c) Within the book the twin daughters of Hope--Anger and Courage-- struggle within themselves, argue with each other, and rage at the world as they fight against work-a-day violence, social injustices, and even Hope itself. How are the emotions of anger and courage a product of hope? How and why are they at odds with each other?

d) What are three ways in which the structure of the book is shaped by the feelings or interactions of the twin daughters?

e) Define the “wager” to which Pascal refers in the epigraph. What does it mean to be “embarked”? What does it mean that the gamble or bet is “not optional”?

3) In what ways does the structure of this book follow the idea of the hero’s journey as being one of adventure and transformation? In what ways does the book depart from this notion?

4) Time, memory and “the journey” all are key elements in this book. For example, the first lines of the poem, “Nearby Is the Country,” state: “The past moves inside me/as water from a swollen river makes its inevitable way/to the sea.” How are time and memory like moving water? Who do you believe could be the “bloody blind one” standing on the rooftop waiting to be recused? Who or what do you think could be the rescuer?

5) The poem “Dematerializing” draw heavily on the tale of “The Ring of Gyges,” as set forth in Plato’s Republic, which explores the idea of human virtue. What would you do if you knew there would be no consequences to your actions? Does your answer match your core beliefs about who you want to be?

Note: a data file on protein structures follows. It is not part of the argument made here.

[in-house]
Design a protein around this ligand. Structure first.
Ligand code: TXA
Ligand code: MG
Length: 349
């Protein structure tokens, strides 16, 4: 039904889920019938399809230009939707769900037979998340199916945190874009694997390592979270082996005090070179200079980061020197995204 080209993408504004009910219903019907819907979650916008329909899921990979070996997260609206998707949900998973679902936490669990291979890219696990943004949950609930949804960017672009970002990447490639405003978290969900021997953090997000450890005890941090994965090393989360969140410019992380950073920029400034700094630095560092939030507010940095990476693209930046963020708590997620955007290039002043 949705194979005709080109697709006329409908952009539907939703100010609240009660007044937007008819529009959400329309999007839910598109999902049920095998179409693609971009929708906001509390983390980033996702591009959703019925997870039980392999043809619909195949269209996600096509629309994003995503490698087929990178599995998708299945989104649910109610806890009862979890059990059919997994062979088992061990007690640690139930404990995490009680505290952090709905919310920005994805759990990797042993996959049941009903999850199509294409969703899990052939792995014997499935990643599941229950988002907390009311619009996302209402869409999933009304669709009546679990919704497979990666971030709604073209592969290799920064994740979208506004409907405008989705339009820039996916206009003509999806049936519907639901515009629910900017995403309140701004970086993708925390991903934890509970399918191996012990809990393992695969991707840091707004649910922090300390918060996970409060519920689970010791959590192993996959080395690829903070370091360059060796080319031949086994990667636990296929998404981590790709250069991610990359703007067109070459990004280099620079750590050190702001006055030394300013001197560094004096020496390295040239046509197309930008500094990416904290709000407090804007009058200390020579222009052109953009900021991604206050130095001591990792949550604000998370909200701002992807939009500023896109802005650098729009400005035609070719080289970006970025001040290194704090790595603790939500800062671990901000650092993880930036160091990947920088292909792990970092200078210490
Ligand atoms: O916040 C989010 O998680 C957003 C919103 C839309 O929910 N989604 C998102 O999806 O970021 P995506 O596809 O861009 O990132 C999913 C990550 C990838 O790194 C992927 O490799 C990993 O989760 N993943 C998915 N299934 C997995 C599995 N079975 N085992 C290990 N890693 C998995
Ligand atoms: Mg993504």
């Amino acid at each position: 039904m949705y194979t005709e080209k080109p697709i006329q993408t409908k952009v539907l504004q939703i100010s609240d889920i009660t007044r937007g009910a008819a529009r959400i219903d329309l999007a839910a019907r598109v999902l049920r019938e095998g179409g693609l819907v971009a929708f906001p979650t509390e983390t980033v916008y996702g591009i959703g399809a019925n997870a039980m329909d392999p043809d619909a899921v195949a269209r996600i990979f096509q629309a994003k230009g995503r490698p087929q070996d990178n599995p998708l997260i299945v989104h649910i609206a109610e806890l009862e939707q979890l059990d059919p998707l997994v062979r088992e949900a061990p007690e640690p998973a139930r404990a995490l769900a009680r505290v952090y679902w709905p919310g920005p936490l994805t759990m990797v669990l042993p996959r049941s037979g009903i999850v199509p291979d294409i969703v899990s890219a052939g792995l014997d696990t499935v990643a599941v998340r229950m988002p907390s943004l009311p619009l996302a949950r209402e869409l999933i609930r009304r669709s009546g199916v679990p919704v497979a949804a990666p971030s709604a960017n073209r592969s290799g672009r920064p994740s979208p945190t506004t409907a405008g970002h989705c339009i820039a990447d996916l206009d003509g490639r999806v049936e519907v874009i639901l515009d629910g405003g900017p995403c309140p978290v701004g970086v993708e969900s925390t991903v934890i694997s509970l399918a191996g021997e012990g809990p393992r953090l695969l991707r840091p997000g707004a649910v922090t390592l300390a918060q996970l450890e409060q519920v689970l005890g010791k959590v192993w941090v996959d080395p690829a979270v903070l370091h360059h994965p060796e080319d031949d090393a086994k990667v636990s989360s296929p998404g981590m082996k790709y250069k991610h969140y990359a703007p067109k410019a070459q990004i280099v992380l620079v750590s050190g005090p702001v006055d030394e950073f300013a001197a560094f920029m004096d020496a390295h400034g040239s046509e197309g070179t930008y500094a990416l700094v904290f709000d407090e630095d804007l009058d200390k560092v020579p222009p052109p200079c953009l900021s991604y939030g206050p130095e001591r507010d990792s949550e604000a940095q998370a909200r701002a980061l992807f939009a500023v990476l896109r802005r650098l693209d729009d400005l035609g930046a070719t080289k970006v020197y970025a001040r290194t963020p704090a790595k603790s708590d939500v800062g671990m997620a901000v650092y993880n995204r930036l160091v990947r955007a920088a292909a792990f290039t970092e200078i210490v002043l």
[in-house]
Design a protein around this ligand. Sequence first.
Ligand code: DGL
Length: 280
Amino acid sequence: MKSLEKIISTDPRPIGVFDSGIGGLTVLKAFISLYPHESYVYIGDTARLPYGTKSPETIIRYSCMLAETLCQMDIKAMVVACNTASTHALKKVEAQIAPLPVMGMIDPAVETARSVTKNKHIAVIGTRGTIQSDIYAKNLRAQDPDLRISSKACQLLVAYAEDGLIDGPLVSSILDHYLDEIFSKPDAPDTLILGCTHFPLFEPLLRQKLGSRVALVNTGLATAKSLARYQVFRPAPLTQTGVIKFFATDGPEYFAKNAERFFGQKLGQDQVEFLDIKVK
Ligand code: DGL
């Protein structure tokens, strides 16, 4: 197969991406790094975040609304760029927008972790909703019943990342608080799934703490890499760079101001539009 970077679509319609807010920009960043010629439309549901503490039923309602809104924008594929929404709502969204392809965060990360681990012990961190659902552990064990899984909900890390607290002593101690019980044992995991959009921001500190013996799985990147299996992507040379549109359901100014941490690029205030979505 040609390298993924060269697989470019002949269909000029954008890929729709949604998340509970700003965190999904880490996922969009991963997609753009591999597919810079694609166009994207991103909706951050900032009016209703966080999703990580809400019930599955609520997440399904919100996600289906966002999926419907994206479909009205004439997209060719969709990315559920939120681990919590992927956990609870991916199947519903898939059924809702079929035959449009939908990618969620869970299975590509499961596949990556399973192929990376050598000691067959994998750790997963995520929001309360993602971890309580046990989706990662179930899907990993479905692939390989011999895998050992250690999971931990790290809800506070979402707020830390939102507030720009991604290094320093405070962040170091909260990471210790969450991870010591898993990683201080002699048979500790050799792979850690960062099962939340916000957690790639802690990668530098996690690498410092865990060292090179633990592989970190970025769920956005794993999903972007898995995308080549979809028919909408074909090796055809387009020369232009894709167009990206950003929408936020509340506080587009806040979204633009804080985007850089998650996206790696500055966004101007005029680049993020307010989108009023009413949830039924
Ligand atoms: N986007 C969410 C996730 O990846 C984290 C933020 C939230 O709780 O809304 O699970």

7) The poems “A Banjo Strums Itself to Sleep” and “The Mirage of Saints Confess Their Unholy Thoughts” employ the editorial strike-out function (as in strike-out) as a way of creating juxtaposition among images to produce a poem that can be read and experienced at different levels. Choose one of the poems and analyze the different meanings found when reading it with and without the struck-out text. Which way feels more authentic to you and why? Do you believe this technique causes the poem to be more effective or less effective?

8) The signature poem “Two Daughters” ends with the lines: “burn a path through this world/or move on to the next.” In what ways can a person “burn a path” through the world?

9) In section three, many of the speakers are presented as imperfect human beings. In what ways do these personas serve the themes of this book?

10) What might your friends and family say are on your own “short list of certainties?” Explain why they would or would not be correct in their assumptions? Is there something you might add to your list that others might not know about?